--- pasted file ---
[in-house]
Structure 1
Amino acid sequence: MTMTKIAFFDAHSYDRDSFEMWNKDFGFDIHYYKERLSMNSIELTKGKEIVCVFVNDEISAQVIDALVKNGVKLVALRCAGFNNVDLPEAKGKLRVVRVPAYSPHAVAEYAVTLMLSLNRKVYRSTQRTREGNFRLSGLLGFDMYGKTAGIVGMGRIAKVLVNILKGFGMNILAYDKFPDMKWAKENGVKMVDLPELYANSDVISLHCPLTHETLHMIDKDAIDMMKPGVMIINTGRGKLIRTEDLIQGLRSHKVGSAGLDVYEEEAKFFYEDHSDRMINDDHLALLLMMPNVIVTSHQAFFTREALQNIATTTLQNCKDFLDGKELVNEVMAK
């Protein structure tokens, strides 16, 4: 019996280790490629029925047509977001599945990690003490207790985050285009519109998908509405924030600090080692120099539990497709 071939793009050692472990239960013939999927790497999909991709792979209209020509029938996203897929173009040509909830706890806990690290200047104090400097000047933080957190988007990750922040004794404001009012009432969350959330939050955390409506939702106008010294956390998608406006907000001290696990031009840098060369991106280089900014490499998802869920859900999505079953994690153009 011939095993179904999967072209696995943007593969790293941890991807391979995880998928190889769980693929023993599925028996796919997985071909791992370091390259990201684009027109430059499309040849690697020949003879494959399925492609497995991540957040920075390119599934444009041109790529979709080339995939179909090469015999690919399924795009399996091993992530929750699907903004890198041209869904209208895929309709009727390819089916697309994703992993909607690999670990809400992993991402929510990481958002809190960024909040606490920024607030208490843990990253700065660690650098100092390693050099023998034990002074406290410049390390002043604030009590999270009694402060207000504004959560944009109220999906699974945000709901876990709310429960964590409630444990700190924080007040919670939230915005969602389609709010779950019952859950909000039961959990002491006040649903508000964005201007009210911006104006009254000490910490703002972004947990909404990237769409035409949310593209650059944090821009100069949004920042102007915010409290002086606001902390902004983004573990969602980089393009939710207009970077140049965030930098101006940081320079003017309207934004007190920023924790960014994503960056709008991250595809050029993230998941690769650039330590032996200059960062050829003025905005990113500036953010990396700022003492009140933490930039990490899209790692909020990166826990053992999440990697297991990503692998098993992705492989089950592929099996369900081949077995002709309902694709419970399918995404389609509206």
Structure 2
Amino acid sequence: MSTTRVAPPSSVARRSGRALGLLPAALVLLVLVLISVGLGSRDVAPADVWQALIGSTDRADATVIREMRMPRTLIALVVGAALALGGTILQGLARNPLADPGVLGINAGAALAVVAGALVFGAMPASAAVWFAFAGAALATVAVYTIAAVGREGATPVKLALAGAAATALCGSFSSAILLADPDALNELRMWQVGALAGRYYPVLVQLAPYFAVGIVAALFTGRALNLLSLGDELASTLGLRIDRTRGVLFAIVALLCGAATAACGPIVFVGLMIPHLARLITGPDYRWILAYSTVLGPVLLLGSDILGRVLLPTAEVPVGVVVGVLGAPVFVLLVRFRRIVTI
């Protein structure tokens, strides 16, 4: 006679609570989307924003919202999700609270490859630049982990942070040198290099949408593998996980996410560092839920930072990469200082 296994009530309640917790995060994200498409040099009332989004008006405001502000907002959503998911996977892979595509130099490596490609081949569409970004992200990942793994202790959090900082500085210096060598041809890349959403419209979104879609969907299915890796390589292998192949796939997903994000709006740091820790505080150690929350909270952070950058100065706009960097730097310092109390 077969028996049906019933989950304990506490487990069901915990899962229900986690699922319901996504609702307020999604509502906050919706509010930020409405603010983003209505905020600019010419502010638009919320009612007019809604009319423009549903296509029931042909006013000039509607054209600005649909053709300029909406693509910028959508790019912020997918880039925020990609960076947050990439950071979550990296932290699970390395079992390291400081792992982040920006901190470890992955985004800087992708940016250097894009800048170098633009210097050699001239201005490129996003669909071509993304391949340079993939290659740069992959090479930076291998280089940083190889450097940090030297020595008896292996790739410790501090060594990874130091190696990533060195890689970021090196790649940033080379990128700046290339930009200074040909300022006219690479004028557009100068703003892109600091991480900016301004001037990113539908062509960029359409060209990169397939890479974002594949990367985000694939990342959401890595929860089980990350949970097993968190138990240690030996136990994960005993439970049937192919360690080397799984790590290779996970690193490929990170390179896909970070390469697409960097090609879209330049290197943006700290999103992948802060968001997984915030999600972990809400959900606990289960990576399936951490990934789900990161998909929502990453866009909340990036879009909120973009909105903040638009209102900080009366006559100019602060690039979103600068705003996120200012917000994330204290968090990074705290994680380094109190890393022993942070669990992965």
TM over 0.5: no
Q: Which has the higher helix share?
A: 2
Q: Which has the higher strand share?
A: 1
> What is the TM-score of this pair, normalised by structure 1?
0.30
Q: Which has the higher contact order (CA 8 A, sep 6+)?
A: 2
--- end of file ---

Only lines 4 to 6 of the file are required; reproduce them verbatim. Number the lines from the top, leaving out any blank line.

């Protein structure tokens, strides 16, 4: 019996280790490629029925047509977001599945990690003490207790985050285009519109998908509405924030600090080692120099539990497709 071939793009050692472990239960013939999927790497999909991709792979209209020509029938996203897929173009040509909830706890806990690290200047104090400097000047933080957190988007990750922040004794404001009012009432969350959330939050955390409506939702106008010294956390998608406006907000001290696990031009840098060369991106280089900014490499998802869920859900999505079953994690153009 011939095993179904999967072209696995943007593969790293941890991807391979995880998928190889769980693929023993599925028996796919997985071909791992370091390259990201684009027109430059499309040849690697020949003879494959399925492609497995991540957040920075390119599934444009041109790529979709080339995939179909090469015999690919399924795009399996091993992530929750699907903004890198041209869904209208895929309709009727390819089916697309994703992993909607690999670990809400992993991402929510990481958002809190960024909040606490920024607030208490843990990253700065660690650098100092390693050099023998034990002074406290410049390390002043604030009590999270009694402060207000504004959560944009109220999906699974945000709901876990709310429960964590409630444990700190924080007040919670939230915005969602389609709010779950019952859950909000039961959990002491006040649903508000964005201007009210911006104006009254000490910490703002972004947990909404990237769409035409949310593209650059944090821009100069949004920042102007915010409290002086606001902390902004983004573990969602980089393009939710207009970077140049965030930098101006940081320079003017309207934004007190920023924790960014994503960056709008991250595809050029993230998941690769650039330590032996200059960062050829003025905005990113500036953010990396700022003492009140933490930039990490899209790692909020990166826990053992999440990697297991990503692998098993992705492989089950592929099996369900081949077995002709309902694709419970399918995404389609509206």
Structure 2
Amino acid sequence: MSTTRVAPPSSVARRSGRALGLLPAALVLLVLVLISVGLGSRDVAPADVWQALIGSTDRADATVIREMRMPRTLIALVVGAALALGGTILQGLARNPLADPGVLGINAGAALAVVAGALVFGAMPASAAVWFAFAGAALATVAVYTIAAVGREGATPVKLALAGAAATALCGSFSSAILLADPDALNELRMWQVGALAGRYYPVLVQLAPYFAVGIVAALFTGRALNLLSLGDELASTLGLRIDRTRGVLFAIVALLCGAATAACGPIVFVGLMIPHLARLITGPDYRWILAYSTVLGPVLLLGSDILGRVLLPTAEVPVGVVVGVLGAPVFVLLVRFRRIVTI